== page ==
Ch11, About Time. Will we ever be able to visit the past, change it, travel to it, or to the future? What would it be like to actually know the complete past? Perhaps people in the future are looking back at us. Altering the past involves too many paradoxes and contradictions. Some writers have tried to circumvent these. Many worlds; or history has inertia. [[ all common science fiction premises ]] Why have we seen there no time travelers, if such travel is possible? Clarke doesn’t take these ideas very seriously. Drugs can alter the apparent passage of time. Relativity predicts the time paradox of space travelers returning to earth. Travel to the future? Easy. Suspended animation is one way. Cryonics. Seeing the future? It was once thought that if given the position and velocities of all atoms in the universe, the future was predetermined. But not anymore. Still, we can’t rule anything out…

Ch12, Are we running out of resources? Previous worries haven’t happened yet. But fossil fuels can’t last forever. Fission is an unpleasant method. Fusion is the best solution, though likely only as very large plants. Batteries will be needed to transport that energy to cars and planes. Broadcast energy has its problems p131. Other sources? Solar. Hydro-electric. Perhaps sources we can’t imagine yet. As for raw materials, we’ve used up in a few centuries the easily mined ores that took hundreds of millions of years to form. We can get some minerals from ordinary rocks, from sea water, or from deep mining with machines. Or other planets in the solar system, transported via a ‘funicular’ to lift payload into orbit, a cable or sky-hook; space elevators [ the theme of Clarke’s 1979 novel The Fountains of Paradise ]. Ultimately, nuclear transmutation will create any elements we want. Starting with fusion; then using nuclear catalysts. With that capability, we should never run out of raw material.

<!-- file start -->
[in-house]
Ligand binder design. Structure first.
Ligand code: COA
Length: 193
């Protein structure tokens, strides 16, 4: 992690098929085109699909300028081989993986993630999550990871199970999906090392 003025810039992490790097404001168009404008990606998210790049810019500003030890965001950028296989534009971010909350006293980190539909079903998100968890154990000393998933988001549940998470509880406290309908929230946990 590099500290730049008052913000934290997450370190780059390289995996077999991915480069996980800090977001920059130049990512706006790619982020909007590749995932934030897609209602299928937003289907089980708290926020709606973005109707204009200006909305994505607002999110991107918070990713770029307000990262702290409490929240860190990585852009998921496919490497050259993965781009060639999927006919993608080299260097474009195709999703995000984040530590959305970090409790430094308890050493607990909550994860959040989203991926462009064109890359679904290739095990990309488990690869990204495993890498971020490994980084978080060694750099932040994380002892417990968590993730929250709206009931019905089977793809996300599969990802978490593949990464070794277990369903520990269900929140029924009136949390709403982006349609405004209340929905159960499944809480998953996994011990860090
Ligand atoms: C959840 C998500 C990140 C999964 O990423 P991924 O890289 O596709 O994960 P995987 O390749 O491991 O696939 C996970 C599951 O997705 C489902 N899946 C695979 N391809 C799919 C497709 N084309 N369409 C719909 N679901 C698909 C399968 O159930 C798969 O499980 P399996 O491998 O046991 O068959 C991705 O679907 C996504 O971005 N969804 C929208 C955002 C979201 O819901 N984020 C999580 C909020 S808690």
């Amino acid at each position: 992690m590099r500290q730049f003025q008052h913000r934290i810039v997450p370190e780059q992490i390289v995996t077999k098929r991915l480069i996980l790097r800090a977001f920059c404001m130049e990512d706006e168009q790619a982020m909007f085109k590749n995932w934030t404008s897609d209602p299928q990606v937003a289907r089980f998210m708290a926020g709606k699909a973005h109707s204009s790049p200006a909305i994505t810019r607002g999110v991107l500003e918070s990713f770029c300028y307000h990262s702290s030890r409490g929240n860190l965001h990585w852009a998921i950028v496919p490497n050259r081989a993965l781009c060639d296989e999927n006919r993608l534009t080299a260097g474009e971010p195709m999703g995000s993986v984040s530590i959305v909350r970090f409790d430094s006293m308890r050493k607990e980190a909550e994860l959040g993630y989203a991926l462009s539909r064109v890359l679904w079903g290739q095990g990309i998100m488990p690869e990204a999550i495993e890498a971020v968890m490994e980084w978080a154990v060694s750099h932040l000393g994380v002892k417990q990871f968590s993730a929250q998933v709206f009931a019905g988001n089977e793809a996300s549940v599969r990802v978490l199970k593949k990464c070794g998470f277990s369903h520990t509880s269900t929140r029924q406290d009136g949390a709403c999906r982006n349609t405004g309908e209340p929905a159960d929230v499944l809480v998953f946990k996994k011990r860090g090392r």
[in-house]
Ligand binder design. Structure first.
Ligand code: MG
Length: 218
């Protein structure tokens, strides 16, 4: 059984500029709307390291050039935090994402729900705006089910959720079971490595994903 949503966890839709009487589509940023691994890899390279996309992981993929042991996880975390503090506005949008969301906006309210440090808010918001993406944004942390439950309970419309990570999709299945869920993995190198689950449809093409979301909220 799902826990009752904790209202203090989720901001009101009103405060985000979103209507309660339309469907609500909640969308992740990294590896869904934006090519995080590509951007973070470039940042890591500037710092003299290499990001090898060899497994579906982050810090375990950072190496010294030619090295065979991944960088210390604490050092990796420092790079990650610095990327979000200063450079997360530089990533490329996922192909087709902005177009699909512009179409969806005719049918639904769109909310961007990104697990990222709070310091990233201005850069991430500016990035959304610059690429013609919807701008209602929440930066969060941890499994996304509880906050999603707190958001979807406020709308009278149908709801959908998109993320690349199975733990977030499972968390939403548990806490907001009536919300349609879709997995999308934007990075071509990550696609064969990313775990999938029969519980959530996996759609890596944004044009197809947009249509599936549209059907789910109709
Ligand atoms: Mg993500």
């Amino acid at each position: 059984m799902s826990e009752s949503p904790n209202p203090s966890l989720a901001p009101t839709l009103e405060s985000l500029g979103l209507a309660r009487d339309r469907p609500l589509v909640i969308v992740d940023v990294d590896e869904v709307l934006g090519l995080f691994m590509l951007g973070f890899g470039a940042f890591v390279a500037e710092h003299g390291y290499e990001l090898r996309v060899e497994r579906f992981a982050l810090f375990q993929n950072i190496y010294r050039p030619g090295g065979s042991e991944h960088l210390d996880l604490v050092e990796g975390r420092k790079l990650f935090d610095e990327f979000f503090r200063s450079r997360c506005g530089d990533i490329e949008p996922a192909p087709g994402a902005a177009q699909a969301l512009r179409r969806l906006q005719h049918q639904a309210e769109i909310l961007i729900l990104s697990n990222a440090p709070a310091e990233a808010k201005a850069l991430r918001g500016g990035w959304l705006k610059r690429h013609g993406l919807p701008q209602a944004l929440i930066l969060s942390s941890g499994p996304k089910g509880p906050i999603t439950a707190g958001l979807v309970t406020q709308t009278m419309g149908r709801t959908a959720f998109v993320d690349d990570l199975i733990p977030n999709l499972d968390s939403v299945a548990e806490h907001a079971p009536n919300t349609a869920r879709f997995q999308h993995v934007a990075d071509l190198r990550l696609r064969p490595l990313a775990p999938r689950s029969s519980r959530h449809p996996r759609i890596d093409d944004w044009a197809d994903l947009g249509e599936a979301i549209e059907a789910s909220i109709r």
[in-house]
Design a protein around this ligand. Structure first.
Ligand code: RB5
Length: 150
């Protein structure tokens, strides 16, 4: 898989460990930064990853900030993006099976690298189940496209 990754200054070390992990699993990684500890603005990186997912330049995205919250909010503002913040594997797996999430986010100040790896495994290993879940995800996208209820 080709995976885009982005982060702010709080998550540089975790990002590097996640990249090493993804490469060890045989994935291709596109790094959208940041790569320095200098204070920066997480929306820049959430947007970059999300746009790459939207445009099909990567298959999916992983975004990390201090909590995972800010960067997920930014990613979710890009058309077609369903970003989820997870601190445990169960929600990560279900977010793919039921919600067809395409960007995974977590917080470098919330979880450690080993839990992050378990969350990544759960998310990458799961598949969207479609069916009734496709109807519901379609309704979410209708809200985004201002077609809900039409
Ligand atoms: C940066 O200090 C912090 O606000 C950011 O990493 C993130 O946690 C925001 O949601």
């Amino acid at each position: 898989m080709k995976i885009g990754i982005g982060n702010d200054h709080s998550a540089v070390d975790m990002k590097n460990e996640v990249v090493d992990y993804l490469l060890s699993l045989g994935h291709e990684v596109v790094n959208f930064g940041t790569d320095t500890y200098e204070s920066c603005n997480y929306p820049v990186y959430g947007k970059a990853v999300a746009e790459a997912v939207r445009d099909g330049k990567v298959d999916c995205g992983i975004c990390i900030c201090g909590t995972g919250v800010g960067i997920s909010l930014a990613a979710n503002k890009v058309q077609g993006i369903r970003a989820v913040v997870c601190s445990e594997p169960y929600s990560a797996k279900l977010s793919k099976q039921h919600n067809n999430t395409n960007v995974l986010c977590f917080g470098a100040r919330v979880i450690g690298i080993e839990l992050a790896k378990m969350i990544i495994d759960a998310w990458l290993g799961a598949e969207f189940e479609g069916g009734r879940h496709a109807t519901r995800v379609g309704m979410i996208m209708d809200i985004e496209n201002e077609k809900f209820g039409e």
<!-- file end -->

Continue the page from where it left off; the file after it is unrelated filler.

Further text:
Ch13, about manufacturing and the the struggle for food, shelter, and other materials. Some objects can be specified in a few words, but most can’t. still, we have techniques for analyzing objects in ways that would have amazed chemists of a generation ago. We can manufacture solid circuits, layer by layer. So consider how a three-d replicator would work. Mentions of books by Drexler and Broderick (The Spike). And why not food? Perhaps then we’d see the end of factories, farms, and transportation of raw materials. The first replicator would then create another of itself. What would remain valuable? Values would change; services might prevail. It’s a matter of being civilized.